Visual Thought

Jeremy Rayner’s June 15 blog entry directed me to another free drawing tool for UML diagrams. Thanks for the link!


p>I mentioned violet a couple of days ago. It is really simple, unfortunately it doesn’t have the ability to move classes around once positioned. This makes it a a bit hard to use. It is open source so that could be fixed of course!


p>Visual Thought is a drawing tool so it has the same advantages as Visio in that it’s not designed for MDA or for code generation, so you can happily use it for agile modelling. As I have some modelling to do over the summer as I rewrite my Client-Server Programming in Java Module, I’ll let you know how it goes!

Suggestions for teaching Java

Not quite on topic, but well worth considering:

“If I were sitting down to design a course today, I’d put at the top of my paper: What can I do to make them curious and interested? What can I do to get them to where they can be creative? And finally, What can I do to help them feel like THEY kick ass, as opposed to thinking that I kick ass? (too many teachers try to impress the students with how smart the teacher is, but IMHO it’s way better for everyone if the students leave your class impressed with how smart THEY are).”

  • Kathy Sierra

Experiments with CVS modules

I have a plan to refactor the lab exercises for EG-140 in readiness for automated submission and marking. The first step was to put the BlueJ projects that students upload into a new repository. However I wanted the repository to be such that all the projects would be within the eg-140-laboratory project but different subsets could be delivered to various audiences. For example, students starting a week’s work should be able to get hold of just a single project as in

cvs -d cvs_repository co naive-ticket-machine

or a whole week’s exercises as in

cvs -d cvs_repository co eg-140-week2


Here is my project structure:

+– week2
+– better-ticket-machine
+– src
+– test
+– bluej
+– files that students upload (a bluej project)


p>After some reading in Essential CVS and the CVS official manual I discovered how to use modules for this. Here is my module file:

Three different line formats are valid:

key -a aliases…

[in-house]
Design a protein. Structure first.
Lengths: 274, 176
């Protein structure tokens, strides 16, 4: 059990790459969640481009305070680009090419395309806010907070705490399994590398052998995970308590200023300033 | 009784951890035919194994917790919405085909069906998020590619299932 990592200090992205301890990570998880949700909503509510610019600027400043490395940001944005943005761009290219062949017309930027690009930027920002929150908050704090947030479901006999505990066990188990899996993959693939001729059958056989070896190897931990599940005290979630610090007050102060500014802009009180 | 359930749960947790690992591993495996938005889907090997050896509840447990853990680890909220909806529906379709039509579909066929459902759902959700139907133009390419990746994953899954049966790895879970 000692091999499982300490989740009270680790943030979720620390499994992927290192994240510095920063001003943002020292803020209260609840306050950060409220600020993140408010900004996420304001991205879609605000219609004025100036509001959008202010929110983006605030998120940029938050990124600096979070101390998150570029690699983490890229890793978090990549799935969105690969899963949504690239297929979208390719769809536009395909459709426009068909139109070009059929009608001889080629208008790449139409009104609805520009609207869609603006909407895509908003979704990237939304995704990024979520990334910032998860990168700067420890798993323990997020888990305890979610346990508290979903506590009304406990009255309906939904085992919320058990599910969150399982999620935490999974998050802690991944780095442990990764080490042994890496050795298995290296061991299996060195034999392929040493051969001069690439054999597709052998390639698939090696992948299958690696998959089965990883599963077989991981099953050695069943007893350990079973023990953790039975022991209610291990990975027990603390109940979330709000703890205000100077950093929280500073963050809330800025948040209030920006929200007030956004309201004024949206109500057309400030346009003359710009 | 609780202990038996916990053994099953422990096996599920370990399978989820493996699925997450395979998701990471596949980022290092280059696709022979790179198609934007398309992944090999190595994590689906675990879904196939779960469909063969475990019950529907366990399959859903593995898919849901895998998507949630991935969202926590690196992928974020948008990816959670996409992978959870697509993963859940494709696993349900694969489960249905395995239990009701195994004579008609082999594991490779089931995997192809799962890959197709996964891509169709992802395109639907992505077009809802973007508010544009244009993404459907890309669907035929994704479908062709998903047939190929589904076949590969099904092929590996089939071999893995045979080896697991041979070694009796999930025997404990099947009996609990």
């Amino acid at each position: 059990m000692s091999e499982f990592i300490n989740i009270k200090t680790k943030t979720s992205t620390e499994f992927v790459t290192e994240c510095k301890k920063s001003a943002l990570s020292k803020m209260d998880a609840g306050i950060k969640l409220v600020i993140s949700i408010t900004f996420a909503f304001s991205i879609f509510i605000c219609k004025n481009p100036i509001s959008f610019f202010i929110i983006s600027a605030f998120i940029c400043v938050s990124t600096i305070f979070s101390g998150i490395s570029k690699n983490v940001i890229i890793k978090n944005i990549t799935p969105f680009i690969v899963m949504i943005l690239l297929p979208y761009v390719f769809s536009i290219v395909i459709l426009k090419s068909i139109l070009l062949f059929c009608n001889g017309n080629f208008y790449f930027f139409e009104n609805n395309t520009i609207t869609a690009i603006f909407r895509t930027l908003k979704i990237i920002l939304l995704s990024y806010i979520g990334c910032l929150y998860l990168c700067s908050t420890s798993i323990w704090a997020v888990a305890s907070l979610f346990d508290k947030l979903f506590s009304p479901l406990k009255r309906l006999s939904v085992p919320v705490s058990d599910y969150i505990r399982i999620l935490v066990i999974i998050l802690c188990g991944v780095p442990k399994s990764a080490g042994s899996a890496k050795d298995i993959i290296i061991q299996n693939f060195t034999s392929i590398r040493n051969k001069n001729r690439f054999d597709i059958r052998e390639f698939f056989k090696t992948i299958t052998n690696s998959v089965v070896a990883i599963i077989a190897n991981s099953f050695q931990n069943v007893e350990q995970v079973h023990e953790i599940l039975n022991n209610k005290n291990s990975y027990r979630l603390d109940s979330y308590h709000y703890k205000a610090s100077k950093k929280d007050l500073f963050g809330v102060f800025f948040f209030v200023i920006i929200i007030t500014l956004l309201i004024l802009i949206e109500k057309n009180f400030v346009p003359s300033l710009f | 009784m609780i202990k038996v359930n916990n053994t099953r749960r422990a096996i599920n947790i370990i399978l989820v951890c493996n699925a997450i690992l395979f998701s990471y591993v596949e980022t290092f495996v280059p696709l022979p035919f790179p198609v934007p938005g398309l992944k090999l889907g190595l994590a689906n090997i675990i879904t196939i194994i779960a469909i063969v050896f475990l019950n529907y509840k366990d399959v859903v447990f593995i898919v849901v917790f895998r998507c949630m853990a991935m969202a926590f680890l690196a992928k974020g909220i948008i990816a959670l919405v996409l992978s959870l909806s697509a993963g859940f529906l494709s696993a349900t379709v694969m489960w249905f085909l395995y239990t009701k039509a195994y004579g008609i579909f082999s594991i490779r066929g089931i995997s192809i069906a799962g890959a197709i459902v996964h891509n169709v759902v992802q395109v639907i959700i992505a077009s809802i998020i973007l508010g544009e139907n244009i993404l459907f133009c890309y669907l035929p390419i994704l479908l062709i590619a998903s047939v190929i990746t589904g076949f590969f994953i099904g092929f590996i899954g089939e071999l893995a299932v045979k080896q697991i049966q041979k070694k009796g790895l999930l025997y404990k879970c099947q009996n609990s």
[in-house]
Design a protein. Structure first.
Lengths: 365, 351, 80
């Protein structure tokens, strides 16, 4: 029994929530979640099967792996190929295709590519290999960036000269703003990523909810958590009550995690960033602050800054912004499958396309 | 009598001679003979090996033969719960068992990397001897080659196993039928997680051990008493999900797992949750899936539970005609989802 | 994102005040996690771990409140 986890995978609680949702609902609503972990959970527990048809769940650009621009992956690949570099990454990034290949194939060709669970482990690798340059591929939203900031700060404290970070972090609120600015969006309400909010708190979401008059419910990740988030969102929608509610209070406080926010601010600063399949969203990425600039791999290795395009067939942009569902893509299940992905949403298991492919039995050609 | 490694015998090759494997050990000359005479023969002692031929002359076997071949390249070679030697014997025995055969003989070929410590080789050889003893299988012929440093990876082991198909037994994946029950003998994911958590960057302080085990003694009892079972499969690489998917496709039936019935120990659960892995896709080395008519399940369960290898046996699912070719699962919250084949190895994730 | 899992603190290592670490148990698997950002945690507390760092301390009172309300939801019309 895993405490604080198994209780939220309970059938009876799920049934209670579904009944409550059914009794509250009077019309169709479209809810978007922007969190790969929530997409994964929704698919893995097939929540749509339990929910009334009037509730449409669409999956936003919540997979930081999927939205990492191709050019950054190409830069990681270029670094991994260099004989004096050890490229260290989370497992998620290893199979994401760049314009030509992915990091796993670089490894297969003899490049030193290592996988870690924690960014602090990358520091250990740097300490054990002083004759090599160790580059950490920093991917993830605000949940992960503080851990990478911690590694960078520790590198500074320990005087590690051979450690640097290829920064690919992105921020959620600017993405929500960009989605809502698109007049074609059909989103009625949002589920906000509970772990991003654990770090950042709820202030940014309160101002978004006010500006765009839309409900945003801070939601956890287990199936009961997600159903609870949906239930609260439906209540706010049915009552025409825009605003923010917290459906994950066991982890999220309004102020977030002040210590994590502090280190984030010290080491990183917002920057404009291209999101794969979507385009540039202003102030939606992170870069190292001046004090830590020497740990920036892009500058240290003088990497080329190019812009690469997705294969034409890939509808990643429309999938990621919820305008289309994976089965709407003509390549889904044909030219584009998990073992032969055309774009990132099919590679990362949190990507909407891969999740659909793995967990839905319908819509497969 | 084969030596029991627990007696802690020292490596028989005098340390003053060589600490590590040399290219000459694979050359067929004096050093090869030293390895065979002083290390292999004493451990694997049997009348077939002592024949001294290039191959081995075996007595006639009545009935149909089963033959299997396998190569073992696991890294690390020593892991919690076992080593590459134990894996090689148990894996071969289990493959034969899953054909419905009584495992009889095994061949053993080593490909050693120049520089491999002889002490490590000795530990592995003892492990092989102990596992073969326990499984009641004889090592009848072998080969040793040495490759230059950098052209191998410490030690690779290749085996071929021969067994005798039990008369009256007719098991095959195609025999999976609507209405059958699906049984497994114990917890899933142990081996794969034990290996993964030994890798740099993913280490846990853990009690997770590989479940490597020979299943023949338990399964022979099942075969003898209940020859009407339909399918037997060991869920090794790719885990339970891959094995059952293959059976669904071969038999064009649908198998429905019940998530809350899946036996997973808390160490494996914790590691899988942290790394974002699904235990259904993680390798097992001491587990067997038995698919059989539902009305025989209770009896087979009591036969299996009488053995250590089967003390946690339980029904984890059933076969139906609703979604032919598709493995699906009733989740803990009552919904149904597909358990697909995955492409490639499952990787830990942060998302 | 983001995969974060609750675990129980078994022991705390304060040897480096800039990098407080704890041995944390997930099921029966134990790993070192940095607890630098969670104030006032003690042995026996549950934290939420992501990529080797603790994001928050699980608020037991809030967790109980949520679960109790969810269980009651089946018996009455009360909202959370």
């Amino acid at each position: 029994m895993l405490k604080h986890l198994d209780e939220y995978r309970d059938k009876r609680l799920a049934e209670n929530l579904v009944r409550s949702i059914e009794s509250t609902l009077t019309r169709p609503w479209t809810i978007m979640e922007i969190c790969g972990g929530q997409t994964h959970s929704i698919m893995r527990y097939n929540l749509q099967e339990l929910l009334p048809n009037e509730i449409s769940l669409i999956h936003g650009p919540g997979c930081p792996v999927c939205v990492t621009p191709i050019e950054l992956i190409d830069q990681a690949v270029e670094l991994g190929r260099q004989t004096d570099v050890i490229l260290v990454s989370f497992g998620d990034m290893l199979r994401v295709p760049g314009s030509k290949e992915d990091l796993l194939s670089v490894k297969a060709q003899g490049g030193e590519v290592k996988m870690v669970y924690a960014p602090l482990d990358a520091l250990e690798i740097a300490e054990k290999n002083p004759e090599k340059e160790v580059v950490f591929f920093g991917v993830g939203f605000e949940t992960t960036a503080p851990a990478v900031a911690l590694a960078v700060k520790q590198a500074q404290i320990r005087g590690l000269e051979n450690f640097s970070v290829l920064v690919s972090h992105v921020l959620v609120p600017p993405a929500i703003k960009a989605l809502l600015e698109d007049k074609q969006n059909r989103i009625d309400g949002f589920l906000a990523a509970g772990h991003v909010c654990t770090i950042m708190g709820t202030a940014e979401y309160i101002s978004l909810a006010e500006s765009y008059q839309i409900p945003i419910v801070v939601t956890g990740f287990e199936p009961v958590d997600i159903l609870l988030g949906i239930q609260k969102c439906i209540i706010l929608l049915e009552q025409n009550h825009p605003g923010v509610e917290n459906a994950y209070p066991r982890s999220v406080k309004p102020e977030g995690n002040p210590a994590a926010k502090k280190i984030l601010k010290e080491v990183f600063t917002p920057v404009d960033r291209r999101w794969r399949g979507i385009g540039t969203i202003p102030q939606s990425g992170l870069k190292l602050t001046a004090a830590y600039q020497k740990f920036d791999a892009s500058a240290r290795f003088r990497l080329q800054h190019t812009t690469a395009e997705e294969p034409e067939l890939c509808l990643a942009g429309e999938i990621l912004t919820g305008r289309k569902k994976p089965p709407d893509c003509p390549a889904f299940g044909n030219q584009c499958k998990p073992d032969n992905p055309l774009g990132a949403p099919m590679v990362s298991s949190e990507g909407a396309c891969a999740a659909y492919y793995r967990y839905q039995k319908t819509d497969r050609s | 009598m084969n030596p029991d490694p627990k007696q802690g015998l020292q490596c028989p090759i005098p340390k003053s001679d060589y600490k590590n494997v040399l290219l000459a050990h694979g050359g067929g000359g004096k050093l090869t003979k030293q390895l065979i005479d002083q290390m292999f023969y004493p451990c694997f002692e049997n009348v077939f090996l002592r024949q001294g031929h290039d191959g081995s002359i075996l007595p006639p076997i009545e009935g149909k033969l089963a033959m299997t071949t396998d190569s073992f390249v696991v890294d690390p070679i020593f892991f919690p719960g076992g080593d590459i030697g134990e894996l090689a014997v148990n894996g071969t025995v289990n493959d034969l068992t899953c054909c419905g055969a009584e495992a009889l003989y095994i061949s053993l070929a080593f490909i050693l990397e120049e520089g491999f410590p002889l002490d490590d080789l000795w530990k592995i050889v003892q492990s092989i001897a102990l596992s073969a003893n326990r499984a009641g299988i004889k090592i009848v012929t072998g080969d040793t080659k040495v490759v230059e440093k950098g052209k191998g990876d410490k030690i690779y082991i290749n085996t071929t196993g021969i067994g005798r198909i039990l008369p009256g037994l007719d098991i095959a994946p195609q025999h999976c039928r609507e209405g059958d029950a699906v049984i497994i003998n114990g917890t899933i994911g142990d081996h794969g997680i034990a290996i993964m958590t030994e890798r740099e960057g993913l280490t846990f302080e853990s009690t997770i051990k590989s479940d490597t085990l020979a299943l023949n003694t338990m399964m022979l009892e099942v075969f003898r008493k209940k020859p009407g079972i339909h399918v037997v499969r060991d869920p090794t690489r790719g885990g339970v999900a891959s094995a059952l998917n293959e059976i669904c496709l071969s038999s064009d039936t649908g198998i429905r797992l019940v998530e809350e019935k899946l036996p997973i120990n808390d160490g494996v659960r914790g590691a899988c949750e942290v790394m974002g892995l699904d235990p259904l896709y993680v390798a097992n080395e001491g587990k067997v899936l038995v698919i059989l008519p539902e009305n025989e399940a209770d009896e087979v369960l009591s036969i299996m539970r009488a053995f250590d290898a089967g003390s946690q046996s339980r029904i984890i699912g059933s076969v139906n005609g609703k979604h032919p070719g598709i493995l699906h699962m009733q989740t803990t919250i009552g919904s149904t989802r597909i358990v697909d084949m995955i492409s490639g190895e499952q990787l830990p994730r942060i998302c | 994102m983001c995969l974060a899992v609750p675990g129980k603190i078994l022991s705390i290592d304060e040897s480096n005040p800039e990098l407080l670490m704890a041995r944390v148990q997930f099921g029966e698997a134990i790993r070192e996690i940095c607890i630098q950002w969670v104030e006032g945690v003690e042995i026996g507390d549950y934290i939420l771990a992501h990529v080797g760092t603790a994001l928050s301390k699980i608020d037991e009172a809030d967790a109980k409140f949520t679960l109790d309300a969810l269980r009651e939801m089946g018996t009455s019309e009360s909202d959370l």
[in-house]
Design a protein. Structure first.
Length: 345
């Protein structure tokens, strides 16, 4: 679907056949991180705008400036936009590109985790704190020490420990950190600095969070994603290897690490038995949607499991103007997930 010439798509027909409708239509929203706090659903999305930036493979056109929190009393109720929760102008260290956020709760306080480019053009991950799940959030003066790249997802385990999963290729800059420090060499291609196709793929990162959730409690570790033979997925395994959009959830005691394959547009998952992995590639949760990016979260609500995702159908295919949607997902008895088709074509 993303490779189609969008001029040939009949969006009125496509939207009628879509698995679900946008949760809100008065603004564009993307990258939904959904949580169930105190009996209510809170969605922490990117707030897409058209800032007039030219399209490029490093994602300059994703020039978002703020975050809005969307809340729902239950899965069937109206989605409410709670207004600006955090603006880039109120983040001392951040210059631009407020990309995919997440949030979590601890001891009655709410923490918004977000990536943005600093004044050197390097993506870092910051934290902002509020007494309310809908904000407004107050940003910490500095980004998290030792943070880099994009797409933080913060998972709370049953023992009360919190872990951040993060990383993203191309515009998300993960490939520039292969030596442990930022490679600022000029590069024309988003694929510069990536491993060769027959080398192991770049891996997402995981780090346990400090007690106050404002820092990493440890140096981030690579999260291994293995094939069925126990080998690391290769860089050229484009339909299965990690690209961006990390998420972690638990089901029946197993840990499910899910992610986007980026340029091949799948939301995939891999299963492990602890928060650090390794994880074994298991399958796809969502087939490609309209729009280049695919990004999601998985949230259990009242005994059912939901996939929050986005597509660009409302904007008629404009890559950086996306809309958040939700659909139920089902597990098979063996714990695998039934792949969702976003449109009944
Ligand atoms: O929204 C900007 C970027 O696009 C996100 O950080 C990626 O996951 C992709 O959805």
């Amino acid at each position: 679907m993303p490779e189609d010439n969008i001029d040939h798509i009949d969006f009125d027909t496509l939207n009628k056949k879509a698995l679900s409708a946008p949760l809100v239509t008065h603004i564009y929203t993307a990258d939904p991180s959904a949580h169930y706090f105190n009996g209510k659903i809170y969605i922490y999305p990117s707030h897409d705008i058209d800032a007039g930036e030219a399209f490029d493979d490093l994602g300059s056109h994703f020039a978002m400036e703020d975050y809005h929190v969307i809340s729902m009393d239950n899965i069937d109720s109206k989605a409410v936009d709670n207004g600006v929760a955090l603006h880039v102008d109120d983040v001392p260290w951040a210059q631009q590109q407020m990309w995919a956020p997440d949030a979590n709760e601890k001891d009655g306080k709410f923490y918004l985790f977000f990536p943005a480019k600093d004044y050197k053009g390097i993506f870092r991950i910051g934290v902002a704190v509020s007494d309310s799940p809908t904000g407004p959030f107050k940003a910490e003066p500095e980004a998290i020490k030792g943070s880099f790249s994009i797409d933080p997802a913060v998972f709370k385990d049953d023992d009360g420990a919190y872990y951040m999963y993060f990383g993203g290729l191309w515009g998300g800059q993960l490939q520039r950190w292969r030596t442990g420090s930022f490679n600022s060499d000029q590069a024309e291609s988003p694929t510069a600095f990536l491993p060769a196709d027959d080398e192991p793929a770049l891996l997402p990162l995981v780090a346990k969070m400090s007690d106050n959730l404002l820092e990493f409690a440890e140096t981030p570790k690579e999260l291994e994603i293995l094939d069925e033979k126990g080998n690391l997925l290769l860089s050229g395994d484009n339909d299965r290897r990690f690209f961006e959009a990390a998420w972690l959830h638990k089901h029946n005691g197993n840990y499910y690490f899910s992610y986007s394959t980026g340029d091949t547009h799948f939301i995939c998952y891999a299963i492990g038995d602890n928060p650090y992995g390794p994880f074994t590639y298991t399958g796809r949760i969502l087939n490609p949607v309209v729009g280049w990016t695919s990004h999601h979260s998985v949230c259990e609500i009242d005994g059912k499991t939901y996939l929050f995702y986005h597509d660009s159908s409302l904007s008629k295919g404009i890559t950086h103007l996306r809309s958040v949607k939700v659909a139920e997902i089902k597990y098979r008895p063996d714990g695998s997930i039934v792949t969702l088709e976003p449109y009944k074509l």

key [options] directory

key [options] directory files…

Where “options” are composed of:

-i prog Run “prog” on “cvs commit” from top-level of module.

-o prog Run “prog” on “cvs checkout” of module.

-e prog Run “prog” on “cvs export” of module.

-t prog Run “prog” on “cvs rtag” of module.

-u prog Run “prog” on “cvs update” of module.

-d dir Place module in directory “dir” instead of module name.

-l Top-level directory only — do not recurse.

NOTE: If you change any of the “Run” options above, you’ll have to

release and re-checkout any working directories of these modules.

And “directory” is a path to a directory relative to $CVSROOT.

The “-a” option specifies an alias. An alias is interpreted as if

everything on the right of the “-a” had been typed on the command line.

You can encode a module within a module by using the special ‘&’

character to interpose another module into the current module. This

can be useful for creating a module that consists of many directories

spread out over the entire source repository.


The modules file itself

modules CVSROOT modules

EG-140 Laboratory: only available to staff!

eg-140-laboratory eg-140-laboratory

Student projects: incomplete projects that have to be edited

Essentially the BlueJ projects provided with Barnes and Koelling

Week 2: the individual projects

better-ticket-machine eg-140-laboratory/week2/better-ticket-machine/bluej
naive-ticket-machine eg-140-laboratory/week2/naive-ticket-machine/bluej
book-exercise eg-140-laboratory/week2/book-exercise/bluej

Week 2: all together

eg-140-week2 -d week2 &naive-ticket-machine &better-ticket-machine &book-exercise

As you can see, we set up the bluej folder in each sub-project to be a module, named as
they are in Barnes and Kölling. We then have a combined module to bring together all the projects in a week’s labs (corresponding to a chapter in the book) as a CVS module eg-140-week2. When we check out this project, it creates a CVS sandbox named week2 which contains the three projects.


p>The next extension will be to get the staff-only version with worked solutions and JUnit tests working.


p>A couple of questions for later

  • If we want students to check-in changes to their own repository, how can we do it? The CVSROOT where the original code comes from would be inappropriate … effectively want each student to have his/own repository. CVS can probably do this so back to the book!
  • How can I get the compiled tests into the bluej folders without breaking version dependencies?

Now Reading: Version Control with Subversion

I’m currently reading the free beta chapter of Version Control with Subversion from the forthcoming O’Reilly open book. Given that subversion can apparently use simple web technology, it may have more potential for use in a teaching situation than CVS — provided that the plugins for ant and eclipse are as good as the CVS ones! Watch this log for experiences on CVS versus Subversion.

Worth bookmarking: is a site where you can get handy reference cards for numerous open source tools and technologies. They can be printed double sided onto card (or paper) and fold into a three-column, easy-to-carry quick reference. Brilliant! The site had apparently disappeared for a while but is now back. Its author Andrew Ford has produced a new refcard for Template Toolkit. He has included some cards on Web technologies (very useful as handouts for my students!) from Benjamin Jung. Thanks to Chris Winters for the heads up.